Global Information Grid

The Global Information Grid is being implemented to support the U.S. Department of Defense.
The Global Information Grid (GIG), initiated in 1999, is designed to integrate all American defense information systems into a network-centric operation that will provide processing, storage, management, and transport of information to support all Department of Defense (DoD), national security, and related intelligence community functions in conditions of war, crisis, or peace. GIG capabilities will be available from all operating locations (fixed or mobile) and will interface with allied nations as well as non-GIG systems. The system will cost at least $21 billion to implement through 2010 and may take another decade and more billions beyond that to fully develop.

The GIG grew out of DoD's search in the 1980s and 1990s for a truly integrated system of communications that would provide information assurance, interoperability of systems, and information sharing across all of its functions. It is much like the Internet in concept, but with less dependence on ground-based and fixed systems and equipment. It will require a new series of transitional military communications satellites that can carry larger volumes of data (the first to be launched in 2011), the new interoperable Joint Tactical Radio System (which will be fielded in 2077), state-of-the-art optical networking systems, new modes of signal security (being developed by the National Security Agency, and improved network centric systems across the board.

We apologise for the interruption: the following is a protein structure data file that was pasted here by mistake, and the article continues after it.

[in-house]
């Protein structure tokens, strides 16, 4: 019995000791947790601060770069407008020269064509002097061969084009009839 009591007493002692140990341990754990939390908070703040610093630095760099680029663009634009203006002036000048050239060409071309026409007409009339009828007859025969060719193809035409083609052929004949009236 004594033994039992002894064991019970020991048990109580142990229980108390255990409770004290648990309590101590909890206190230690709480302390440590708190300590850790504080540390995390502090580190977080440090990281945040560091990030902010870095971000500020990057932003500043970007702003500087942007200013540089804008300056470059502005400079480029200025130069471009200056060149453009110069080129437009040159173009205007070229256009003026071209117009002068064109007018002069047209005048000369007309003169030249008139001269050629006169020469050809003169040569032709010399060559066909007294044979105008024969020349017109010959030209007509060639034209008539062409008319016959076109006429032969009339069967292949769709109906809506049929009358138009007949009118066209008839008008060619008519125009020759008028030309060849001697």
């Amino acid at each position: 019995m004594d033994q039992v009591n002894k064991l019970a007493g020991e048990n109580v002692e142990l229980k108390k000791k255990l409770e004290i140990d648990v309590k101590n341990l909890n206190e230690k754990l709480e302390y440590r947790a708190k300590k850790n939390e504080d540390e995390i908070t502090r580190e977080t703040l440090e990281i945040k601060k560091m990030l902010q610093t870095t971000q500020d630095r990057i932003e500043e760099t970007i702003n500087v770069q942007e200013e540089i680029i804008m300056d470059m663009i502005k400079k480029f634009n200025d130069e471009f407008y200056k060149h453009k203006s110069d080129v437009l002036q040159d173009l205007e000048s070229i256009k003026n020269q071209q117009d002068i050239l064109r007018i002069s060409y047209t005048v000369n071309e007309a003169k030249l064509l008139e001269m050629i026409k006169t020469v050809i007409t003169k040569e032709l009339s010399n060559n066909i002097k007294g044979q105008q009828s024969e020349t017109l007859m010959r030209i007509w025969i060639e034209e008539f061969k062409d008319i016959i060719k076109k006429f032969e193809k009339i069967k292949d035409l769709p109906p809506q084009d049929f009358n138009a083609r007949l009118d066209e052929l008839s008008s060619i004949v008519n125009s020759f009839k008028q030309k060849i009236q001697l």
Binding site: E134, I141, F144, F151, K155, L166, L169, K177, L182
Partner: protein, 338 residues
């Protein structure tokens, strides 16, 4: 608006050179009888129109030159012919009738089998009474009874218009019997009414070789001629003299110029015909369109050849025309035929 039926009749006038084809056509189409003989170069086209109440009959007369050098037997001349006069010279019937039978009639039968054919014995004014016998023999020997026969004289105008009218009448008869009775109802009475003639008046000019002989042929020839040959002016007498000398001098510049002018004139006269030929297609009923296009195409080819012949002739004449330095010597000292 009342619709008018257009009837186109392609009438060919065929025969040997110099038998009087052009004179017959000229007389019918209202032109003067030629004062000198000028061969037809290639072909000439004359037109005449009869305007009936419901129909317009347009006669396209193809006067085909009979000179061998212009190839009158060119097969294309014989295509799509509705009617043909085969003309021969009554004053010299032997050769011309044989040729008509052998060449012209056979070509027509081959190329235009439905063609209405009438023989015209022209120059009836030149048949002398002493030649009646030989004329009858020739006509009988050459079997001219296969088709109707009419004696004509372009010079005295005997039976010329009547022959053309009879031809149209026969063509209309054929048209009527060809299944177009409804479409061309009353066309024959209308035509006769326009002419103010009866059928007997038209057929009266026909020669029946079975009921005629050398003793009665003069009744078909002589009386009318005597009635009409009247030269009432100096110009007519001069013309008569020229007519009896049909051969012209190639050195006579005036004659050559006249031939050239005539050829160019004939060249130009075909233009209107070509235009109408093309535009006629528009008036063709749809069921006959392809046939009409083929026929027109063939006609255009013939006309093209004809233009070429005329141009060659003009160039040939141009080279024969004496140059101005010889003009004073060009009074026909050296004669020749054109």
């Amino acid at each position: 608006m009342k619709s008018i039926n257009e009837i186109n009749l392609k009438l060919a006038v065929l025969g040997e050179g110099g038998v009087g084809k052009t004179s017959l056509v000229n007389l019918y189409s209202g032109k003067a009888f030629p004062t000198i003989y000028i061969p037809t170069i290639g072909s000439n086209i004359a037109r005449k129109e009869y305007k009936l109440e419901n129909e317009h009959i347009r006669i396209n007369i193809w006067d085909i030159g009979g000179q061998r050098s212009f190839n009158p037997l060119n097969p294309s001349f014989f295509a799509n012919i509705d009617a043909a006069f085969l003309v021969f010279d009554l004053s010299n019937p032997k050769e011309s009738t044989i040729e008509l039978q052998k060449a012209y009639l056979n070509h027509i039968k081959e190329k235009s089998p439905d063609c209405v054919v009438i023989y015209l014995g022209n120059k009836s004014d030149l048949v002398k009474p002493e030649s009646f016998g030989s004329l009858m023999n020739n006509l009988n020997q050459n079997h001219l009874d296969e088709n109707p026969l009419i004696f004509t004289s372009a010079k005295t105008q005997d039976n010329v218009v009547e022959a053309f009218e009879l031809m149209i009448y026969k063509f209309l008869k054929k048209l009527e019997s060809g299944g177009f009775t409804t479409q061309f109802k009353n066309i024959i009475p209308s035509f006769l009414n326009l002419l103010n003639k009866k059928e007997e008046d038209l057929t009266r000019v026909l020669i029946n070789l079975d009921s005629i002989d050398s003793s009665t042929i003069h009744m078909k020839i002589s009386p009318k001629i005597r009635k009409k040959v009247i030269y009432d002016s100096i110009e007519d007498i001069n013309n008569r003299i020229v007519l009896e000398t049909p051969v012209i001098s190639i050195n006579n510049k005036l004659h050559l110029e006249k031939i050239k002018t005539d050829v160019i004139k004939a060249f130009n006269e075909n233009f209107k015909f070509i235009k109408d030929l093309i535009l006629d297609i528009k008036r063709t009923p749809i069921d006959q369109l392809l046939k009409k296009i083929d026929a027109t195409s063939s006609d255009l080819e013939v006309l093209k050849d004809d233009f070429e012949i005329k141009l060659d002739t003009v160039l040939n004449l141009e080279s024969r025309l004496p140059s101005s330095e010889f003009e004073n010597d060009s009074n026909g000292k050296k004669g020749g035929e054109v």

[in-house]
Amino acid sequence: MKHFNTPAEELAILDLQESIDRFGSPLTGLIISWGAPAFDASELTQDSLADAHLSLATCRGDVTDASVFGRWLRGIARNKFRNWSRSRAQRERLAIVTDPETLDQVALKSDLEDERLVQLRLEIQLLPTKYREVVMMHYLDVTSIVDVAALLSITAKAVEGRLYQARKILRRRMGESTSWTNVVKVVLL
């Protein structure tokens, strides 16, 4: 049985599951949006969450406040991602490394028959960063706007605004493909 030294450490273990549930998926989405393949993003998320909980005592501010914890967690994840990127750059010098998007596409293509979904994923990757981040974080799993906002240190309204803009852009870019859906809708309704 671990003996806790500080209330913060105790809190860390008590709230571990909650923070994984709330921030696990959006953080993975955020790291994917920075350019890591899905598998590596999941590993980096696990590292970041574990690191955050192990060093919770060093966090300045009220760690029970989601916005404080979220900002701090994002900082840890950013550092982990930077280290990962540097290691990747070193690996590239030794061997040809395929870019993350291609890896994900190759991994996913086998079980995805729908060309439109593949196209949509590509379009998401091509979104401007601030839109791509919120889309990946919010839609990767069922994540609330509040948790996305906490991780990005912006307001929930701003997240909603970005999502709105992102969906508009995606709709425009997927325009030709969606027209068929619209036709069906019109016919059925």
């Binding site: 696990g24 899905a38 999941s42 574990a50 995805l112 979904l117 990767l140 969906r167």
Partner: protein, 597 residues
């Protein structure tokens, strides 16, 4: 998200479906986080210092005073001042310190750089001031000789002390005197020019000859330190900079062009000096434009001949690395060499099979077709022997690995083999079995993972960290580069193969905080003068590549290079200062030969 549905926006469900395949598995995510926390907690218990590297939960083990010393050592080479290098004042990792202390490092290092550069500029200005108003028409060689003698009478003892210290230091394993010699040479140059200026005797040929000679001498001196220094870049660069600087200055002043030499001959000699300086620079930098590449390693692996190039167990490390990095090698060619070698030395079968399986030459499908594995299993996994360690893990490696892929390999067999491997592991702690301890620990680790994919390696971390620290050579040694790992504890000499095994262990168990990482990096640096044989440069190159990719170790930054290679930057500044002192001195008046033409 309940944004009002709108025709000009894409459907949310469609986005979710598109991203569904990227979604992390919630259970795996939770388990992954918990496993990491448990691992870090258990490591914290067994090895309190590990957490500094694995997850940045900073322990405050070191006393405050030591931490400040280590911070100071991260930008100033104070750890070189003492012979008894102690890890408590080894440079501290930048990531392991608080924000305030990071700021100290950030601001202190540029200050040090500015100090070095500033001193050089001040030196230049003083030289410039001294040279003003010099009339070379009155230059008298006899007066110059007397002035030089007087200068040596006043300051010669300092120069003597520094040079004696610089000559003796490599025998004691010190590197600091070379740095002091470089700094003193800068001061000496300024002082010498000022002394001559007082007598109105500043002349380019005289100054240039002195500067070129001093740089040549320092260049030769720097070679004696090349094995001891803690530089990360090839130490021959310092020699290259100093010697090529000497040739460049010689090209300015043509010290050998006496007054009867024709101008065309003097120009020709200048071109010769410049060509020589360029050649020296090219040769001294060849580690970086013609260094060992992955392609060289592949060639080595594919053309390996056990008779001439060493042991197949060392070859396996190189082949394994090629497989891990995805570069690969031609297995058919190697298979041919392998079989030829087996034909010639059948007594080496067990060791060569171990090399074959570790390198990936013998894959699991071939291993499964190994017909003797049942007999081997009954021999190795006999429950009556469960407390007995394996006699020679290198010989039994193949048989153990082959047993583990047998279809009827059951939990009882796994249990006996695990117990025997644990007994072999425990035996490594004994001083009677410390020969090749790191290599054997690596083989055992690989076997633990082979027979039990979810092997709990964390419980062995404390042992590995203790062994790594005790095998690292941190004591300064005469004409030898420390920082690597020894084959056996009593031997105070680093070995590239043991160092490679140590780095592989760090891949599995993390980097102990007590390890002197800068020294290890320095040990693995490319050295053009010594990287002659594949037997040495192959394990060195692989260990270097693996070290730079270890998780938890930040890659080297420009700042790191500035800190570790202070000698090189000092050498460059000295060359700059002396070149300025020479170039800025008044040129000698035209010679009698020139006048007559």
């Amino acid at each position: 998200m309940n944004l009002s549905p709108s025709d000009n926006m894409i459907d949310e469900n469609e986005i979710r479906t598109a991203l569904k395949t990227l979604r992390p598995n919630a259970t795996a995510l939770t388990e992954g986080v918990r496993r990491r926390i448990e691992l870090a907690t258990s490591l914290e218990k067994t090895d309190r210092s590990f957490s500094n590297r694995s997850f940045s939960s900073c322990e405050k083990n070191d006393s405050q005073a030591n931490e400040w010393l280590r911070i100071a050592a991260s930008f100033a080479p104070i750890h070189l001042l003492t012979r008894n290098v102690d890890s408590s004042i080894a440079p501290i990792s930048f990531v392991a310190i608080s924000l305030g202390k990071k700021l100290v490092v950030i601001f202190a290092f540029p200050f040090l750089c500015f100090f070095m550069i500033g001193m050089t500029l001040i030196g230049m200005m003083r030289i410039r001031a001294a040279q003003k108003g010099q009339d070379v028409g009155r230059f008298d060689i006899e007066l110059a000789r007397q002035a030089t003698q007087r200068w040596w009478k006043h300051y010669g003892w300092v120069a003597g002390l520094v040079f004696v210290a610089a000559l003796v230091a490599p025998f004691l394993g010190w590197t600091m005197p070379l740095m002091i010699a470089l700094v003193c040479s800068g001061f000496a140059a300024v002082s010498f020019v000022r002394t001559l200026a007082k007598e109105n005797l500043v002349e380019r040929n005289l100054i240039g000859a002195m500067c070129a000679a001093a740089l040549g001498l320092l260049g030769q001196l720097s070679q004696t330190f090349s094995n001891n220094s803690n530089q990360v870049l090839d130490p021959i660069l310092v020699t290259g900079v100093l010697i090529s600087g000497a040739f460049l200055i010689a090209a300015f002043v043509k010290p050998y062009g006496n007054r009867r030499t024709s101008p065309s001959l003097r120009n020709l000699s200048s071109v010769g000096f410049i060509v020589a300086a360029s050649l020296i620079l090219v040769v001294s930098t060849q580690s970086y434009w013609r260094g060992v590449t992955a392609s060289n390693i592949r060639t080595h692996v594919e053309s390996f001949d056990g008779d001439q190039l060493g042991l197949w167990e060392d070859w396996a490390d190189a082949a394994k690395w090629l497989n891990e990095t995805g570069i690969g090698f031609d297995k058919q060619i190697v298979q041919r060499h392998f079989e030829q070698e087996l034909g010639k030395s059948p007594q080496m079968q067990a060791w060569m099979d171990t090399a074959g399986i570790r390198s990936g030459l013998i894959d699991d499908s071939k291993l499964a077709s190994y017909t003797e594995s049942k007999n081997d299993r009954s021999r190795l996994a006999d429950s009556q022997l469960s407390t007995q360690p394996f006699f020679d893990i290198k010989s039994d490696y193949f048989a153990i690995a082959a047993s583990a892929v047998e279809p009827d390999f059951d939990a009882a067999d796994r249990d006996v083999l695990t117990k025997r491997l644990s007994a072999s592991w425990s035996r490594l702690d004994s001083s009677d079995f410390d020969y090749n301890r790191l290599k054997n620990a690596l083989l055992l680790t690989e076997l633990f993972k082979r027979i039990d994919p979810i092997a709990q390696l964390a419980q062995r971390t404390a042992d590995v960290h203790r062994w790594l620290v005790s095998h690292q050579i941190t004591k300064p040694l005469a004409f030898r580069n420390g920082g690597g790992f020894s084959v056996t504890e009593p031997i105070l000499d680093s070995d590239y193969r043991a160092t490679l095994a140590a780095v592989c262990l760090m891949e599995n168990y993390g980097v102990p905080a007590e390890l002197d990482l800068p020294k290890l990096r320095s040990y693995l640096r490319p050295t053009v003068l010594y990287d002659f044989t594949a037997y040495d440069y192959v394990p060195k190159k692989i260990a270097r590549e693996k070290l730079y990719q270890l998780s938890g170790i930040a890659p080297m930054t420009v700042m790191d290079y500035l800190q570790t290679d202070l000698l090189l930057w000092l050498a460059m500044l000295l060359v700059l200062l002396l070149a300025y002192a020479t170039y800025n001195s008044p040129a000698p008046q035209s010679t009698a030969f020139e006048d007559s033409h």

One element of the larger program, the GIG Bandwidth Extension (GIG-BE), has been designed to provide a secure, robust, optical terrestrial network that delivers very-high-speed classified and unclassified Internet protocol services to key operating locations worldwide (nearly ninety key defense and intelligence sites in the United States as well as in Europe and the Pacific). Each site has 10gbs of useable dedicated bandwidth. Put another way, GIG-BE was intended to remove bandwidth constraints from military users, limitations that have often proven lethal in the past. After initial procurement purchases in 2003 and a six-site pilot program conducted in 2004, GIG-BE was fully implemented by 20 December 2005.5

  1. Strickland, Jeffrey. Using Math to Defeat the Enemy: Combat Modeling for Simulation. 2011. Raleigh, NC: Lulu. Print. p.63
  2. Osinga, Frans P.B. Science, Strategy and War: The Strategic Theory of John Boyd. 2007. London, UK: Routledge. Print. p.155
  3. Cares, Jeff. Distributed Networked Operations: The Foundations of Network Centric Warfare. 2006. Bloomington, IN: iUniverse. Print. pp.54,55
  4. Axelrod, Evan M. Violence Goes to the Internet: Avoiding the Snare of the Net. 2009. Springfield, IL: Charles C Thomas. Print. p.10 (emph. added)
  5. Sterling, Christopher H. Military Communications: From Ancient Times to the 21st Century. 2008. Santa Barbara, CA: ABC-Clio. Print. p.192